LONDON Alizyme plc has initiated a new discovery program in diabetes, based on a novel insulin-independent mechanism of regulating glucose uptake into muscle. The company, based in Cambridge, has taken assignment of the patent application for AZM-145, a compound discovered at the University of Birmingham School of Medicine, and will fund further research on the compound at the university.

Trevor Jarman, director of business development, told BioWorld International the project ¿builds on the discovery at the university that the neurotransmitter beta-endorphin stimulates glucose uptake into muscle, where it is then utilized.¿

¿It has been known for many years that following exercise, diabetics do not require so much insulin,¿ Jarman said. ¿It is also known that exercise releases endorphins, which is why some people become addicted to it. So this could explain why diabetics need less insulin.¿

The rights cover peptide fragments, which act on the glucose uptake receptor.

¿We see high potential for this project, based on the fact it is a new mechanism and there are existing biological observations which support it,¿ said Jarman. He expects the company to decide within the next year whether, and how, to take the project forward.

Alizyme, which specializes in the discovery and development of drugs for obesity and gastrointestinal tract disorders, also announced results for the six months ended June 30 which showed losses of #1.5 million (US$2.5 million), up from #1.3 million for the same period of 1997. Research and development costs were up to #1.3 million from #1 million. The company raised #5.5 million in April and had #6.2 million cash as of June 30.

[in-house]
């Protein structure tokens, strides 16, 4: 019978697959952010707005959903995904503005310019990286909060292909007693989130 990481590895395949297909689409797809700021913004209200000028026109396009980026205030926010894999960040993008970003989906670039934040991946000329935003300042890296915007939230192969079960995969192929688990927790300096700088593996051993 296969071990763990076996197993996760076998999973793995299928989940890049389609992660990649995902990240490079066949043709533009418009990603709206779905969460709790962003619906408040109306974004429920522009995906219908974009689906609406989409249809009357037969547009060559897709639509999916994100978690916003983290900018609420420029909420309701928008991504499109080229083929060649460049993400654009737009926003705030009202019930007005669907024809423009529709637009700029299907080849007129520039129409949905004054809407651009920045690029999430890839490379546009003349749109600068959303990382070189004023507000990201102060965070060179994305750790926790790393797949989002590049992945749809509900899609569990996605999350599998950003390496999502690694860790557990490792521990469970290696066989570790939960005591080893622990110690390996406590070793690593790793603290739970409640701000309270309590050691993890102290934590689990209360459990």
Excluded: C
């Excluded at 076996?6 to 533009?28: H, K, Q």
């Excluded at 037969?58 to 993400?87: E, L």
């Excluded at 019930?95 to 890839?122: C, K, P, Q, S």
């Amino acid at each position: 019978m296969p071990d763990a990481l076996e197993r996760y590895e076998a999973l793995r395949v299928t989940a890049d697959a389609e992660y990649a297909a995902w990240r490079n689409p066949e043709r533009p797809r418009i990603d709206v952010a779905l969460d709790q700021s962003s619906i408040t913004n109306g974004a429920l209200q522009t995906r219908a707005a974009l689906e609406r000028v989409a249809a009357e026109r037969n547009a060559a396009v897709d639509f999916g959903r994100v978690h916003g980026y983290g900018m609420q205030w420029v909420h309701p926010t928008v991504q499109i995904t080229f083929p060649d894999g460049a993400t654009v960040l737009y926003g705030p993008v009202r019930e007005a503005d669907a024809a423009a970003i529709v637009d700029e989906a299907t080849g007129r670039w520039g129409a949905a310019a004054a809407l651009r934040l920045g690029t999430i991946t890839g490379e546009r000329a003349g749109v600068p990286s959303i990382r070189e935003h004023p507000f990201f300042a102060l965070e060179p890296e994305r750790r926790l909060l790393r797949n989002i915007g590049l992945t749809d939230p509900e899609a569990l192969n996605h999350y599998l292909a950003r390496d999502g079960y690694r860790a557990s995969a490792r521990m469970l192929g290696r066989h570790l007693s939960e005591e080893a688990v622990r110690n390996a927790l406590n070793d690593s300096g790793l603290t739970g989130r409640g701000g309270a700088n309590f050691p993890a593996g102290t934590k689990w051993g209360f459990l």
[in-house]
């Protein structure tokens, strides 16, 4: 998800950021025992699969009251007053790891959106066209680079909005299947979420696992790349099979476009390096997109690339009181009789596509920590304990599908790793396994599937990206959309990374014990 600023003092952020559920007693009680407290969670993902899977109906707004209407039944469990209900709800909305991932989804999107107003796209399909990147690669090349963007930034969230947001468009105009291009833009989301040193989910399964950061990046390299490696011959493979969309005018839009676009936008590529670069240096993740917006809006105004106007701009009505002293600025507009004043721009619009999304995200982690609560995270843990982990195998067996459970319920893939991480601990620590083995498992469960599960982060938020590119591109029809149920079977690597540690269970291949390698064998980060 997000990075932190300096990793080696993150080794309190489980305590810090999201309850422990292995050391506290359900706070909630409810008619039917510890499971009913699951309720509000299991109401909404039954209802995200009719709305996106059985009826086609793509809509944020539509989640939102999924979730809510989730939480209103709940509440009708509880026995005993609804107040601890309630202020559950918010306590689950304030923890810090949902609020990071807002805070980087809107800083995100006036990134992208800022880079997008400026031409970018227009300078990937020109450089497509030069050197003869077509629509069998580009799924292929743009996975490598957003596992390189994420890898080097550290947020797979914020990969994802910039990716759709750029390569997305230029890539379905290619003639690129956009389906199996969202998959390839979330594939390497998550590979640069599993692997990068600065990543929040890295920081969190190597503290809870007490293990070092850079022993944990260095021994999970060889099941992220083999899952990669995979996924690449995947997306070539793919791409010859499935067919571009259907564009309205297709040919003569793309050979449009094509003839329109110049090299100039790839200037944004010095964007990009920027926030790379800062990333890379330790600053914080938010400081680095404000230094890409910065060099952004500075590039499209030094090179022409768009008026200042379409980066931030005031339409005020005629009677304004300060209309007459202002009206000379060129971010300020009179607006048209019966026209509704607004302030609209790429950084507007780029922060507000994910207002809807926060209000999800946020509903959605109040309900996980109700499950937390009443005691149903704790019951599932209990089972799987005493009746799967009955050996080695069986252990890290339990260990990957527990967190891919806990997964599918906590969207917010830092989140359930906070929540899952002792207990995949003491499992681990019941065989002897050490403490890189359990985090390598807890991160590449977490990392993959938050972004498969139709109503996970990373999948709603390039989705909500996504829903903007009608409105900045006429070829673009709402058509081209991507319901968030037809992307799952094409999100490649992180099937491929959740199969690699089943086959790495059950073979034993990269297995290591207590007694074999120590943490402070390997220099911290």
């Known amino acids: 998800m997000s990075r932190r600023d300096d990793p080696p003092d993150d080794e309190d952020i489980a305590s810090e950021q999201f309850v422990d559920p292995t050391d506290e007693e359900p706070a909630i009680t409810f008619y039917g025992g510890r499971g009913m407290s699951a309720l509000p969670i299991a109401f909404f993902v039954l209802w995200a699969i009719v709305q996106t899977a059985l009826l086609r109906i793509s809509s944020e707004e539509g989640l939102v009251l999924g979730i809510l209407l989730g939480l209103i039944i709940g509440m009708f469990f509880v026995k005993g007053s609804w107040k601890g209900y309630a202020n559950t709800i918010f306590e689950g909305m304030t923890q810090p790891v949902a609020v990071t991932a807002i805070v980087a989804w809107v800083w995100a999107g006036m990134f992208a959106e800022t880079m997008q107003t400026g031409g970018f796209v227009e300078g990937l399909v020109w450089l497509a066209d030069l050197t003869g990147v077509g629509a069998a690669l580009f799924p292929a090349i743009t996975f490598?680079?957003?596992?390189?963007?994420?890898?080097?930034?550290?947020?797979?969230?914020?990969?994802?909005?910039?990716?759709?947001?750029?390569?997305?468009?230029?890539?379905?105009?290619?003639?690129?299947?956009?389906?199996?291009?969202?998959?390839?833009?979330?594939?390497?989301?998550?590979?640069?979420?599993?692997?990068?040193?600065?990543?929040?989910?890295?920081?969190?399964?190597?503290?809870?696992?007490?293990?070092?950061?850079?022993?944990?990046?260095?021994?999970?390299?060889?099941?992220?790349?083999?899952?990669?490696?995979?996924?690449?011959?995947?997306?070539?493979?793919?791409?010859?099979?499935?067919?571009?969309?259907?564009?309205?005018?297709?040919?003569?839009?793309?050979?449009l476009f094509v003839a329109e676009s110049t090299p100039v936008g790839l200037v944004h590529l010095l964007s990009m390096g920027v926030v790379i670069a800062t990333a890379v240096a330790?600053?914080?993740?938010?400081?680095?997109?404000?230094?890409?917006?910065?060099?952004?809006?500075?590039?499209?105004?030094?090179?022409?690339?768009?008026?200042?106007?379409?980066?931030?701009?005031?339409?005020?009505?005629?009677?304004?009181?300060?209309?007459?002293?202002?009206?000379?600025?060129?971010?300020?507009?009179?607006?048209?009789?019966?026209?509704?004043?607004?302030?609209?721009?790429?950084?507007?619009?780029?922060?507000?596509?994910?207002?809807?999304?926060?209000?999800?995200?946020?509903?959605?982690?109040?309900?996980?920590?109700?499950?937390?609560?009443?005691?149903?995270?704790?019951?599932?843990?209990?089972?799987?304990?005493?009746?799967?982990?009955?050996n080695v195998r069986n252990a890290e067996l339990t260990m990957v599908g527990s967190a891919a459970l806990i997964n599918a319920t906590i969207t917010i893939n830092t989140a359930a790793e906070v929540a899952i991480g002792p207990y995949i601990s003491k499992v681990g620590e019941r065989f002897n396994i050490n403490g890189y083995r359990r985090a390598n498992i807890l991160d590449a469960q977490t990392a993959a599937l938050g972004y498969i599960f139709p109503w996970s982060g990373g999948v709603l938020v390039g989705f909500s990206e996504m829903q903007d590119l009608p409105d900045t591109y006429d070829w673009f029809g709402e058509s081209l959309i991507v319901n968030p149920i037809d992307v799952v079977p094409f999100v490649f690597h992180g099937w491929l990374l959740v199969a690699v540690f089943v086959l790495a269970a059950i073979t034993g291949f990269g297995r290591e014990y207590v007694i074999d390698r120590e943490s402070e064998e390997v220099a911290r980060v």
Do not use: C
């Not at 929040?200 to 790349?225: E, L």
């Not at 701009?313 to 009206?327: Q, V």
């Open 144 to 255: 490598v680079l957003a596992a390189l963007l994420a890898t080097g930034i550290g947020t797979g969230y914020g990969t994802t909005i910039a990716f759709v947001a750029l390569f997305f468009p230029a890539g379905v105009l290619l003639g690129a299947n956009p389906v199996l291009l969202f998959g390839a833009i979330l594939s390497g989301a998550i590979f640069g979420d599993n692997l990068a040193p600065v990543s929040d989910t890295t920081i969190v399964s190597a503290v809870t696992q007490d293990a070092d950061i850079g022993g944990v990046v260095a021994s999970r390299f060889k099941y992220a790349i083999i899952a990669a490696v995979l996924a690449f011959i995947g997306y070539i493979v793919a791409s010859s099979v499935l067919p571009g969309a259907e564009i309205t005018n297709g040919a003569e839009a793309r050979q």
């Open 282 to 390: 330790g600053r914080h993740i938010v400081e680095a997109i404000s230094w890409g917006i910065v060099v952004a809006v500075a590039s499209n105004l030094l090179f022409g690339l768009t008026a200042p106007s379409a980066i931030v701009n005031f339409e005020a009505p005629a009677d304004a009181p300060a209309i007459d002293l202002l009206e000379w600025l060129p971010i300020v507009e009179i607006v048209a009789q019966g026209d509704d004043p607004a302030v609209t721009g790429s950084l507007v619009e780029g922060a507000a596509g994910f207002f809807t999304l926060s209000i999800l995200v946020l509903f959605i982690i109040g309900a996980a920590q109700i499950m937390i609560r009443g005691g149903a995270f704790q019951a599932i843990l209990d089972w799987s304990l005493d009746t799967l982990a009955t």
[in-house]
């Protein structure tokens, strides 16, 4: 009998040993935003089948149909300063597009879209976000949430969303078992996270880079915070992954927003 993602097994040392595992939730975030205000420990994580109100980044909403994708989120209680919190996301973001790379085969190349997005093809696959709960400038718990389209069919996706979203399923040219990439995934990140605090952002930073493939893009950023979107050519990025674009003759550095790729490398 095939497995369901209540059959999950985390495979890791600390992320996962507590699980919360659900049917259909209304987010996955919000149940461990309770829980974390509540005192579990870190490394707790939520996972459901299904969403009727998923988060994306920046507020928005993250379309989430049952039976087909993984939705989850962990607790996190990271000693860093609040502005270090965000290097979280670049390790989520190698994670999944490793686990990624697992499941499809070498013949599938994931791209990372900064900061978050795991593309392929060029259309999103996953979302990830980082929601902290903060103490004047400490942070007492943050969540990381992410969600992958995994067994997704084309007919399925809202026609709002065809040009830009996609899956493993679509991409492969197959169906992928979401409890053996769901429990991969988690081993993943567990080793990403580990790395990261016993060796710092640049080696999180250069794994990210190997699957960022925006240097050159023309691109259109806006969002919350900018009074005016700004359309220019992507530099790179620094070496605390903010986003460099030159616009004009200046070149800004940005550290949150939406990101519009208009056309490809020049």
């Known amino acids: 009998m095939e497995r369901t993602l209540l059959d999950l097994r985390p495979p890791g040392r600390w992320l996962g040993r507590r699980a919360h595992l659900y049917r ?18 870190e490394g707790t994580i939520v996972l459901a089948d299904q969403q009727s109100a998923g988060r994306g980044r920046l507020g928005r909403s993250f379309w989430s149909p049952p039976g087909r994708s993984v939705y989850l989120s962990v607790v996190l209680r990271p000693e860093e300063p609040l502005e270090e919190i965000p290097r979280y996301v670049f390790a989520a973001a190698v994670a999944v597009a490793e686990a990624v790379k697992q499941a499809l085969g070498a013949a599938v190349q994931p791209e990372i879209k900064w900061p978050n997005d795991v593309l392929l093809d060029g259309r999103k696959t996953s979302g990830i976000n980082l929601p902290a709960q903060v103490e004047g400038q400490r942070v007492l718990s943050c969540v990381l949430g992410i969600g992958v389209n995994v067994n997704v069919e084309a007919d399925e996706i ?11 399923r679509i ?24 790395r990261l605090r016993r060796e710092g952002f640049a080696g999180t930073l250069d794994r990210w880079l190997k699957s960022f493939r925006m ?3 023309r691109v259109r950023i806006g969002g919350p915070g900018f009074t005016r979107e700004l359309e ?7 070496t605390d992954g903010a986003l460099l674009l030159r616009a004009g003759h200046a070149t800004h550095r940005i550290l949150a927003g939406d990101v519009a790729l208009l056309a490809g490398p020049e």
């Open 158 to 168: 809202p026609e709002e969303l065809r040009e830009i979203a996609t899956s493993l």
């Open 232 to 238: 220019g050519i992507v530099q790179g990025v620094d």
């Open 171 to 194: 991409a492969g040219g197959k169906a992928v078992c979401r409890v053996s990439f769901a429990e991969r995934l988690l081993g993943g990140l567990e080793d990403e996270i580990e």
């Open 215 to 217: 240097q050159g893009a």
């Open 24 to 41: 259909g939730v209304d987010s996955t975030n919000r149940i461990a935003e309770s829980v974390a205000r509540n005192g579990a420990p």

Tim McCarthy, finance director for the company, told BioWorld International the figures were in line with expectations. Alizyme outsources all research and development activities, and McCarthy said the virtual model ¿works very well. If you employ your own R&D staff, it costs you money whether projects are moving forward or not.¿ There are 12 staff members directing four development programs and five discovery programs, and the company has spent #6.8 million since it was set up in 1995.

In the first quarter of next year, two products will enter clinical trials: renzapride for the treatment of irritable bowel syndrome, which is licensed from SmithKline Beecham plc, of London; and AZM-110 for the treatment of inflammatory bowel disease. Due to enter clinical development later in 1999 are ATL-101 for the treatment of mucositis and AZM 119, a lipase inhibitor for the treatment of obesity.